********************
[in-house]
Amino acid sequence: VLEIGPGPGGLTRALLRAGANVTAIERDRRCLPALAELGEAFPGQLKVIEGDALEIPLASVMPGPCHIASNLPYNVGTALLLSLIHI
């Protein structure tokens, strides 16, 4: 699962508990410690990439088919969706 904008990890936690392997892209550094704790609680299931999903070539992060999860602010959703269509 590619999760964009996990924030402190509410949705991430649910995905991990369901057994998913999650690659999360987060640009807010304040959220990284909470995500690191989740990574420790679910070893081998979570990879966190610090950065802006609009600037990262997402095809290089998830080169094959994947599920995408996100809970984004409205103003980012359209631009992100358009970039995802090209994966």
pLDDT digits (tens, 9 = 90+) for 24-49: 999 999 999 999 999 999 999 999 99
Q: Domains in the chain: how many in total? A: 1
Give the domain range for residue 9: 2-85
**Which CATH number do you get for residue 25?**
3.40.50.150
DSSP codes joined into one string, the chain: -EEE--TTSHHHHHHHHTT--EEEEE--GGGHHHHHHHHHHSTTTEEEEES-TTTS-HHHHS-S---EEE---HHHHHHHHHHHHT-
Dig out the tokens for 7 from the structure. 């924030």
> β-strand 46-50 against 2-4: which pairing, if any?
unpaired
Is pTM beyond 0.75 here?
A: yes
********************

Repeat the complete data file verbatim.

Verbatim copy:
[in-house]
Amino acid sequence: VLEIGPGPGGLTRALLRAGANVTAIERDRRCLPALAELGEAFPGQLKVIEGDALEIPLASVMPGPCHIASNLPYNVGTALLLSLIHI
């Protein structure tokens, strides 16, 4: 699962508990410690990439088919969706 904008990890936690392997892209550094704790609680299931999903070539992060999860602010959703269509 590619999760964009996990924030402190509410949705991430649910995905991990369901057994998913999650690659999360987060640009807010304040959220990284909470995500690191989740990574420790679910070893081998979570990879966190610090950065802006609009600037990262997402095809290089998830080169094959994947599920995408996100809970984004409205103003980012359209631009992100358009970039995802090209994966």
pLDDT digits (tens, 9 = 90+) for 24-49: 999 999 999 999 999 999 999 999 99
Q: Domains in the chain: how many in total? A: 1
Give the domain range for residue 9: 2-85
**Which CATH number do you get for residue 25?**
3.40.50.150
DSSP codes joined into one string, the chain: -EEE--TTSHHHHHHHHTT--EEEEE--GGGHHHHHHHHHHSTTTEEEEES-TTTS-HHHHS-S---EEE---HHHHHHHHHHHHT-
Dig out the tokens for 7 from the structure. 């924030």
> β-strand 46-50 against 2-4: which pairing, if any?
unpaired
Is pTM beyond 0.75 here?
A: yes